Pakistan police battle militants after deadly airport raid

Updated 16 December 2012
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Pakistan police battle militants after deadly airport raid

PESHAWAR, Pakistan: Police battled militants armed with automatic weapons, grenades and mortars in northwest Pakistan’s Peshawar on Sunday, a day after a deadly Taleban raid on the city’s airport.
Fierce firing broke out after officers acting on an intelligence report tried to storm a house near the aiport, where a suicide and rocket attack on Saturday evening killed five civilians and the five attackers and wounded 50 other people.
The assault late Saturday, claimed by the Pakistani Taleban, sparked prolonged gunfire and forced authorities to close the airport, a commercial hub and Pakistan Air Force (PAF) base in Peshawar on the edge of the tribal belt.
It was the second Islamist militant attack in four months on a military air base in nuclear-armed Pakistan. In August 11 people were killed when heavily-armed insurgents wearing suicide vests stormed a facility in the northwestern town of Kamra.
Two police officers were wounded in Sunday’s renewed fighting during which militants threw a hand grenade, senior police officer Imtiaz Altaf told AFP.
“A militant has been killed. The encounter is still continuing. Militants are fully equipped with automatic weapons, hand grenades and mortars,” Altaf said.
Imran Shahid, a second police official, confirmed the shootout but said it was not yet clear how many attackers were involved.
Live television footage showed troops and police entering a street amid gunfire, while an AFP reporter heard fierce firing in the area.
A PAF statement said five attackers were killed on Saturday and no damage was done to air force equipment or personnel.
Doctor Umar Ayub, chief of Khyber Teaching Hospital near the airport, said five civilians had also been killed and some 50 wounded.
“The Base is in total control and normal operations have resumed. The security alert was also raised on other PAF air bases as well,” the air force added.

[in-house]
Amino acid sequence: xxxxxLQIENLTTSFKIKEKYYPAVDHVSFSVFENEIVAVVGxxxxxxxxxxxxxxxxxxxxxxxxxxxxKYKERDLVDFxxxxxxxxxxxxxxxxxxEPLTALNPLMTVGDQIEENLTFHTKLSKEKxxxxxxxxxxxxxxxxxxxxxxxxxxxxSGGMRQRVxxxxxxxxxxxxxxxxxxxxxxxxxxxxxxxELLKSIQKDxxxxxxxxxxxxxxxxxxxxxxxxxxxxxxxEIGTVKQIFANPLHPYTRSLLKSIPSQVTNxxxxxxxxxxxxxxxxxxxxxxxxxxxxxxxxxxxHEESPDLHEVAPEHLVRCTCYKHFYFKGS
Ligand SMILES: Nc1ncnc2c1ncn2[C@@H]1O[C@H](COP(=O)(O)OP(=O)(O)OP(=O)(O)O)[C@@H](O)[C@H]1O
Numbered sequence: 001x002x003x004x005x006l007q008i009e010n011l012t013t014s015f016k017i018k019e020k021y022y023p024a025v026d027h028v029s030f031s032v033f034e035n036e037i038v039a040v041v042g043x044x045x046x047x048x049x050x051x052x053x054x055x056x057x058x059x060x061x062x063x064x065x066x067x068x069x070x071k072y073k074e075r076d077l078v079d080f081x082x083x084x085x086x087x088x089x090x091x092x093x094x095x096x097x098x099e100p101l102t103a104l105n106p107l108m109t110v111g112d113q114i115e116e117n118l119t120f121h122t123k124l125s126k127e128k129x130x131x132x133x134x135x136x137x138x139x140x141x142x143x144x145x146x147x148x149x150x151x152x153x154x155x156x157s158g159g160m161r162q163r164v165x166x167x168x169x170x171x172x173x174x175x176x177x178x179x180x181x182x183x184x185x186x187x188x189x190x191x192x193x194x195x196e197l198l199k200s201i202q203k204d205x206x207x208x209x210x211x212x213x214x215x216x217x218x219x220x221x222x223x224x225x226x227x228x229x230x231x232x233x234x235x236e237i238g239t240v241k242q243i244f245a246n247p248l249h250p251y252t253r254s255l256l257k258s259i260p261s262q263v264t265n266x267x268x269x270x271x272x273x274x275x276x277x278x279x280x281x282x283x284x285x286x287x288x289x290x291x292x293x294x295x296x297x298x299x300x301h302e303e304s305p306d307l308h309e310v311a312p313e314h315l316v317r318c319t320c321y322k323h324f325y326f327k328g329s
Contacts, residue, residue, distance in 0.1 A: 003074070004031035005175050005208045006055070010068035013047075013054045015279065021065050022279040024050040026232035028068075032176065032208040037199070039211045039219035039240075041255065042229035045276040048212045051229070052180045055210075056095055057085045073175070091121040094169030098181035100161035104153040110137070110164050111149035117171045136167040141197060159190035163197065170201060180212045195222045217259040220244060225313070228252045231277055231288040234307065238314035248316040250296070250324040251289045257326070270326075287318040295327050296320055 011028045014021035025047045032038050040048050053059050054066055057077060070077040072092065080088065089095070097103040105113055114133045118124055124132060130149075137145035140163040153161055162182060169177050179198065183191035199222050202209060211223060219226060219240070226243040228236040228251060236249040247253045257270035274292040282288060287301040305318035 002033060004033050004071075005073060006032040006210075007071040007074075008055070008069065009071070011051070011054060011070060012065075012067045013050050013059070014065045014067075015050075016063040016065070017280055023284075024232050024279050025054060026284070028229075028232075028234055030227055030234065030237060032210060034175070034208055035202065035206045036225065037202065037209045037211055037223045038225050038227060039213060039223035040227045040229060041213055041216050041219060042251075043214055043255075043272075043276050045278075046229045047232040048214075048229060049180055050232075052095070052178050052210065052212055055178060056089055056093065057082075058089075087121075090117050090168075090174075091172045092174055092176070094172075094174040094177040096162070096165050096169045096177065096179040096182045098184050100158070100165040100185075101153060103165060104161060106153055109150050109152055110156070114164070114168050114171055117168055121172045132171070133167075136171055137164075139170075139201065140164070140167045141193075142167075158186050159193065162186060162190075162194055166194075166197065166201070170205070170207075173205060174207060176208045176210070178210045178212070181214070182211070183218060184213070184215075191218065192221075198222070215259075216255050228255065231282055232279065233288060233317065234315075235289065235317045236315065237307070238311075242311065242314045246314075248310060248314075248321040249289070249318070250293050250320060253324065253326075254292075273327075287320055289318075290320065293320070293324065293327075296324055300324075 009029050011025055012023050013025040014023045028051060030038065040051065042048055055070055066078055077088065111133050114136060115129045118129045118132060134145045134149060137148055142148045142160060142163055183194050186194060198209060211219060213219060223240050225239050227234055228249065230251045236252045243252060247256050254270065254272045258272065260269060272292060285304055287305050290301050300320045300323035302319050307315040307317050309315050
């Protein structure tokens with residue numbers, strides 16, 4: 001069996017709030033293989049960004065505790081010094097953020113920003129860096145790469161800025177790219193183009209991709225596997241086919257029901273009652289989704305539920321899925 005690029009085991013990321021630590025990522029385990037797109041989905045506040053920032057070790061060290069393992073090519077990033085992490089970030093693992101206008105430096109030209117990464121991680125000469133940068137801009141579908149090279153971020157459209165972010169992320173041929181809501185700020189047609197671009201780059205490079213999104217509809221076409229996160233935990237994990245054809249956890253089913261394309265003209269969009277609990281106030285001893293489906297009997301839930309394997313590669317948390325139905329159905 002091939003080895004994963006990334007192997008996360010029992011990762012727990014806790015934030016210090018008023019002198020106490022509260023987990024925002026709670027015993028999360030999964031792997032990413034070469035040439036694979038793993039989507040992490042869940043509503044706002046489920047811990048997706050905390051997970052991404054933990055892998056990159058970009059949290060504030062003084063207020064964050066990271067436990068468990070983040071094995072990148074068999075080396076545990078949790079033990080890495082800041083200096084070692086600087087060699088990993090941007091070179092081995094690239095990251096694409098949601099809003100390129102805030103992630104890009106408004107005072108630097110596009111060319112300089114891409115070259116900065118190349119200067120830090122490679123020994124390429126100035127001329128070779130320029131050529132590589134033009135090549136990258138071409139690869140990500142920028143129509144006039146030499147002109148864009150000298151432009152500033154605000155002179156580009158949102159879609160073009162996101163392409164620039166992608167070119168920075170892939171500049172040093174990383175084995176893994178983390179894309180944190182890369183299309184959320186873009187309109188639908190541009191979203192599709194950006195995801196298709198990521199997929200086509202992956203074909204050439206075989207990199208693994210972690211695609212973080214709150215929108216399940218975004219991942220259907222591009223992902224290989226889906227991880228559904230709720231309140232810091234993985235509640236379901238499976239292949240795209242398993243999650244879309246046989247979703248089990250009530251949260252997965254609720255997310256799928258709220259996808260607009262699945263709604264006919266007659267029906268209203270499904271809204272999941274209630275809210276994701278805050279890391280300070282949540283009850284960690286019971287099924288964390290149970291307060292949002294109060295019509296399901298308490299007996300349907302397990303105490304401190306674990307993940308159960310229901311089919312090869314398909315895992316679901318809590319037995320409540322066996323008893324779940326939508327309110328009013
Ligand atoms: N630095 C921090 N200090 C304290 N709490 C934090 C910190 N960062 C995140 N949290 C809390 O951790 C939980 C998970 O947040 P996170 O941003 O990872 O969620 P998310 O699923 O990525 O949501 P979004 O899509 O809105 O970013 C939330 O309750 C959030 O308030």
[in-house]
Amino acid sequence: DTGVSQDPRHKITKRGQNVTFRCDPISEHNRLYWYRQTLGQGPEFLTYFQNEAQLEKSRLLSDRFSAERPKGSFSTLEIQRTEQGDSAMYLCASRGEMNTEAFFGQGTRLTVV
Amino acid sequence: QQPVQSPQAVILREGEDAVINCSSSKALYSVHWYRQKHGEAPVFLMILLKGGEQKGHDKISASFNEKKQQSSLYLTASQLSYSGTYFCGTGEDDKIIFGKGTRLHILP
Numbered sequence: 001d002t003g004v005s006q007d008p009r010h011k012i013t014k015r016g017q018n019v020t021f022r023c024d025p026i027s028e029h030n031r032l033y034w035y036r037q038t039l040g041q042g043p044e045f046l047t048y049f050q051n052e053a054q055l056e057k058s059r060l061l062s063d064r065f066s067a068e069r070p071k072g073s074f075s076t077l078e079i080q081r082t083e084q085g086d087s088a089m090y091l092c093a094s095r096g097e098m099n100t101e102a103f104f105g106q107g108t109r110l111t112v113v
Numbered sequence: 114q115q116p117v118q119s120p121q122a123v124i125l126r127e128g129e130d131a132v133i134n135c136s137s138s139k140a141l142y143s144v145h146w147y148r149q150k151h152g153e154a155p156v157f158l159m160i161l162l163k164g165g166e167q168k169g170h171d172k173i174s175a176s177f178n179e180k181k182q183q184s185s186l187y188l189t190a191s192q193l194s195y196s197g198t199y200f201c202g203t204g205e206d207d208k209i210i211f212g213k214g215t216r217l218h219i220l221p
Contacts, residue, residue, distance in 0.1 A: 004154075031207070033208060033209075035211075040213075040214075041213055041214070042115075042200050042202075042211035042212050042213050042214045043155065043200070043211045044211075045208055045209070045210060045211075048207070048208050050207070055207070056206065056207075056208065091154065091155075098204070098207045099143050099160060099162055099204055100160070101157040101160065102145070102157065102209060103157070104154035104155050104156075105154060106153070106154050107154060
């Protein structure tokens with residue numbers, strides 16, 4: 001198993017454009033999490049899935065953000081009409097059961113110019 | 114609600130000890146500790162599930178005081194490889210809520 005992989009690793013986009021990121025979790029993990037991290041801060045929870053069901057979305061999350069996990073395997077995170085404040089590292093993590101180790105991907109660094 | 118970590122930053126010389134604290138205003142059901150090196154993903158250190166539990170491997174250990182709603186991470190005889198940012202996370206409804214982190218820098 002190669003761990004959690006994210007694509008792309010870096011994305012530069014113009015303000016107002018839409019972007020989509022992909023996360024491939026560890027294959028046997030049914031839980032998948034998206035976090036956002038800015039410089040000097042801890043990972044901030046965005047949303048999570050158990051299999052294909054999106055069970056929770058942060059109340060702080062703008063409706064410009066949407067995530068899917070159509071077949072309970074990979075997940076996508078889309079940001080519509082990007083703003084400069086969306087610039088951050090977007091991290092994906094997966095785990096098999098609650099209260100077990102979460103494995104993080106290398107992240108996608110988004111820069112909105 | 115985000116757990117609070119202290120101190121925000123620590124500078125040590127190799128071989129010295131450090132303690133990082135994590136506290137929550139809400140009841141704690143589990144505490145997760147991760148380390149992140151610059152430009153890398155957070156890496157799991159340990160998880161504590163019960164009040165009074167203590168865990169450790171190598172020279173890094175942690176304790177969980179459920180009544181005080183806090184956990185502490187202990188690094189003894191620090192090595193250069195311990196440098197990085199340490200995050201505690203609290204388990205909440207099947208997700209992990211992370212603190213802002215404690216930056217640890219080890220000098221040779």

Peshawar airport is a joint military-civilian facility. Civil Aviation Authority spokesman Pervez George said the passenger side remained closed but there had been no damage to the terminals.
The air force said Saturday’s attackers used two vehicles loaded with explosives, hand grenades, rocket-propelled grenades and automatic weapons. One vehicle was destroyed and the second badly damaged.
Security forces found three suicide jackets near one of the vehicles, it said.
“Security forces consisting of Pakistan Air Force and Army personnel who were on full alert, cordoned off the Base and effectively repulsed the attack,” the air force said.
Television pictures showed a vehicle with a smashed windscreen, another damaged car, bushes on fire and what appeared to be a large breach in a wall.
Five nearby houses were destroyed after rockets landed on them and several other houses developed cracks, while the bomb squad detonated five out of eight bombs found near the base after the attack.
Pakistani Taleban spokesman Ehsanullah Ehsan told AFP by telephone from an undisclosed location that the group would continue to target the airport.
“Our target was jet fighter plans and gunship helicopters and soon we will target them again,” he said.
The armed forces have been waging a bloody campaign against the Taleban in the country’s northwest in recent years and the militants frequently attack military targets.
Aside from the August attack on Kamra, in May 2011 it took 17 hours to quell an assault on an air base in Karachi claimed by the Taleban. The attack piled embarrassment on the armed forces just three weeks after US troops killed Al-Qaeda leader Osama Bin Laden in Pakistan.
Pakistan says more than 35,000 people have been killed as a result of terrorism in the country since the 9/11 attacks on the United States. Its forces have for years been battling homegrown militants in the northwest.


Thai child fighting culture sparks debate after 13-year-old’s death

Updated 42 min 22 sec ago
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Thai child fighting culture sparks debate after 13-year-old’s death

  • Centuries-old Muay Thai is the country’s de facto national sport and remains a source of immense pride